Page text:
The Vermont Foodbank is strengthening its 3SquaresVT Outreach service. With our newest addition to the outreach team, Shane Collins, we continue our efforts of creating easier access for working families, individuals, and seniors.
A federally funded program, 3SquaresVT, formerly known as the Food Stamp program and nationally known as the Supplemental Nutrition Assistance Program (SNAP), is vital to the well-being of thousands of Vermonters who experience some form of food insecurity.
The Vermont Foodbank started our 3quaresVT Outreach program in 2013 by providing one-on-on application assistance to potentially eligible clients. Two common reasons why people do not apply are:
- they don’t realize that they qualify, and
- that the application process can be confusing and intimidating.
We rely on food shelves and other community partners to support our efforts. Our partners help us to distribute materials, give us space to meet clients, and refer people to us for one-on-one assistance. Without their help, we would not be able to reach as many people as we do.
Although an estimated 166,000 Vermonters live below the 185% federal poverty level, and are likely eligible to receive SNAP benefits, only 87,794 are participating in the program. That means potentially 78,000 people who might need a little extra help and are likely eligible for assistance are not getting it. That is why the Vermont Foodbank started our 3SquaresVT Outreach Program.
Making sure people in your community who are eligible for 3SquaresVT receive it, helps the entire community. Healthier community members mean less wage loss from missed days at work and less public money used on healthcare. It means children will have better success in school and seniors will not have to choose between food and fuel.
Also, according to the USDA, every $5.00 of SNAP benefits generates $9.00 of economic activity which translates into more jobs and better. And in Vermont, for each dollar in increases spent on 3SquaresVT, there is a $1.84 increase in economic activity for the state’s local economy.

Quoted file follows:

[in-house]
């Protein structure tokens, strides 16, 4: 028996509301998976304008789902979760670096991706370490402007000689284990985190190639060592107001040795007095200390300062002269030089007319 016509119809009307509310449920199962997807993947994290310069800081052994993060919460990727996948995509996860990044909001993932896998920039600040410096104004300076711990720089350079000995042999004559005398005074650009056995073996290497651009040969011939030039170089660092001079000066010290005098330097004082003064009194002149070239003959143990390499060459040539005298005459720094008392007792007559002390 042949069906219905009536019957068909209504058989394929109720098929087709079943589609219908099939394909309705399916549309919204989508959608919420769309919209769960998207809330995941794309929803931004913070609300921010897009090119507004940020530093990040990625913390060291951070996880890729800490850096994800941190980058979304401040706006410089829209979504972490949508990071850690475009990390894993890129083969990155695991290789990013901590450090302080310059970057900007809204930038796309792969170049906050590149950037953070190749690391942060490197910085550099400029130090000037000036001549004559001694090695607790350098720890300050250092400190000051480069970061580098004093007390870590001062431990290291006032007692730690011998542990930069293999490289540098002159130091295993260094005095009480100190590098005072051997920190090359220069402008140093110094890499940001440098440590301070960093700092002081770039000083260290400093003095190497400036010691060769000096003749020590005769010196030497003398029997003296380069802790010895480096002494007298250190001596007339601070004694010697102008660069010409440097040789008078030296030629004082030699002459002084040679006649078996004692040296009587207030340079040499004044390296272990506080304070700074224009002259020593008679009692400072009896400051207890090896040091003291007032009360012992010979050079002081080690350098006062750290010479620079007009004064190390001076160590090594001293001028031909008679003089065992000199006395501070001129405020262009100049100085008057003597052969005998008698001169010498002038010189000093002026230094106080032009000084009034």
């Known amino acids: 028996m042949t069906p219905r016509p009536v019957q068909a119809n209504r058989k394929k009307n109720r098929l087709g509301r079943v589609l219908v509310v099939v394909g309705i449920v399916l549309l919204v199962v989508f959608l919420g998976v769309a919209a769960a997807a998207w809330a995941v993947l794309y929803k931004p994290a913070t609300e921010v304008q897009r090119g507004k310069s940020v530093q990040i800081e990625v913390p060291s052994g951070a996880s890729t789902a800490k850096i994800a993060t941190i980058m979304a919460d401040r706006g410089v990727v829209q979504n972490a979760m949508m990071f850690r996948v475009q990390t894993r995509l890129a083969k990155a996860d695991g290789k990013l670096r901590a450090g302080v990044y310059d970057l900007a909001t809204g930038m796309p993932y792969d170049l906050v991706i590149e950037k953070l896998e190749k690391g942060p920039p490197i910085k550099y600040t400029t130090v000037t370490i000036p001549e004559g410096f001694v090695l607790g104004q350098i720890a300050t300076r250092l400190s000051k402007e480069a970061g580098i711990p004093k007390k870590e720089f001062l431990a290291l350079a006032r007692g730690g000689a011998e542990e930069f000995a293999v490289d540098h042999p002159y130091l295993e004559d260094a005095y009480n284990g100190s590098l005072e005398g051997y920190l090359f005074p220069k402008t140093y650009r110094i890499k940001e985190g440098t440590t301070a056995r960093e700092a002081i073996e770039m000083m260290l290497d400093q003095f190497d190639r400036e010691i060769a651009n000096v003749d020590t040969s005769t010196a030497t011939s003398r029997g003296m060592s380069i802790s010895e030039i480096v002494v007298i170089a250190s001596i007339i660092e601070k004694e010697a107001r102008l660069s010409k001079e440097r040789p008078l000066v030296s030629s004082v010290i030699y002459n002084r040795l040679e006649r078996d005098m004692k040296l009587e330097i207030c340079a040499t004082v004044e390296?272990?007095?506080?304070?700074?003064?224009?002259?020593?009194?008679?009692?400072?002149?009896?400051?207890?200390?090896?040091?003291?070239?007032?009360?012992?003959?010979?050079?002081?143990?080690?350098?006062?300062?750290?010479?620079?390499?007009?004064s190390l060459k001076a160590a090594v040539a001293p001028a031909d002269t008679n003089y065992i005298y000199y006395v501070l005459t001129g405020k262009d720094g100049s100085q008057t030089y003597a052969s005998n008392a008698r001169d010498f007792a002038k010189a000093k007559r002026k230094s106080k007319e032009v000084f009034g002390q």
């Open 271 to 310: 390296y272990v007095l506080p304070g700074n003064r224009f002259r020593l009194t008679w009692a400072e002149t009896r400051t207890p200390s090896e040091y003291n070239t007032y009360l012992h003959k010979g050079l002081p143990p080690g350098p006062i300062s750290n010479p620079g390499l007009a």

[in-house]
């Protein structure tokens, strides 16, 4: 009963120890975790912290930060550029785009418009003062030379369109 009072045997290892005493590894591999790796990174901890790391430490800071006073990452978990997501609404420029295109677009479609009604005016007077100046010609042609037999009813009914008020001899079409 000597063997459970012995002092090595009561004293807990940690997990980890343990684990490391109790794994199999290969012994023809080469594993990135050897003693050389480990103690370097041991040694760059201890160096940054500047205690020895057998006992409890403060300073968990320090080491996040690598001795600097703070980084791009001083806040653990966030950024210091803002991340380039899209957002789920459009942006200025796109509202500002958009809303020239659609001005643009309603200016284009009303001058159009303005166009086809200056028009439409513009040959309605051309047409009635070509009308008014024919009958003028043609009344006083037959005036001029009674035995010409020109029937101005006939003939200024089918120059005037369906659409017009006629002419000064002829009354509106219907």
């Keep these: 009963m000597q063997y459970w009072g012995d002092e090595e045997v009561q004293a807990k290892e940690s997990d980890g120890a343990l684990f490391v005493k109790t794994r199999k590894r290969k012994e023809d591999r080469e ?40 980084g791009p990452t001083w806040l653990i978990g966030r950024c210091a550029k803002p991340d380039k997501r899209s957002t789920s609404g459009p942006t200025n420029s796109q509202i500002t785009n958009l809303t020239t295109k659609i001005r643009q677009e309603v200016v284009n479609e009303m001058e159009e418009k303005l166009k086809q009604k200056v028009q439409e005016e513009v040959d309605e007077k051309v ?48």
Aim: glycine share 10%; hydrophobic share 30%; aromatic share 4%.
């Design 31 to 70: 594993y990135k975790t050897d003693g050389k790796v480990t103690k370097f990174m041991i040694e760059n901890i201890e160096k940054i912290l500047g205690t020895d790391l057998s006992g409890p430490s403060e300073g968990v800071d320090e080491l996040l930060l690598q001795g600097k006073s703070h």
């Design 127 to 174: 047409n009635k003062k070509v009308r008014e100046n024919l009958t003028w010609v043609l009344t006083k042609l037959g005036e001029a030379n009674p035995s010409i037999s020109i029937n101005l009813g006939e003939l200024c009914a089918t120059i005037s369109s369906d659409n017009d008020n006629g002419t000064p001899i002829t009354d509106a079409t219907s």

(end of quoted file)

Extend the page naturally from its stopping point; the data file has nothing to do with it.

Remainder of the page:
It is also growing harder to deny that there is a link between food insecurity, obesity, and other health related problems. In 2013, the Food Research and Action Center (FRAC) released a study showing this exact correlation between health and nutrition outcomes, citing that, “in general, poor dietary intake has been linked to hypertension, cardiovascular disease, some types of cancer, diabetes, osteoporosis, and other chronic diseases and conditions (1).”
While Vermont has lower adult obesity rates than much of the nation, it is still a reality that affects communities here. This is why there is a necessity for continuing to have programs, like school lunch, summer feeding programs and 3SquaresVT, available to low-income families and individuals, allowing people the opportunity to meet their most basic needs.
We challenge you to take action, by getting involved with your community and neighbors.
- If you are or know someone who would benefit from 3SquaresVT, encourage them to apply.
- Spread the word that the Vermont Foodbank provides one-on-one assistance and even makes house calls if needed.
- Send us referrals with which to follow up.
- Distribute materials to clients and post information.
Call the Vermont Foodbank outreach staff and ask if you can sponsor a staff member to come to your next event to educate friends, neighbors, or colleagues on the positive effects of 3SquaresVT. We can be reached toll-free at 855-855-8161 or at email@example.com.
We encourage you to view this video to learn more about the 3SquaresVT/SNAP program:
(1) Grafton-Hartline, Heather (2013, January). Food Research and Action Center. SNAP and Public Health: The Role of Supplemental Nutrition Assistance Program in Improving the Health and Well-Being of Americans. Received June 17, 2015 from the World Wide Web: http://frac.org/pdf/snap_and_public_health_2013.pdf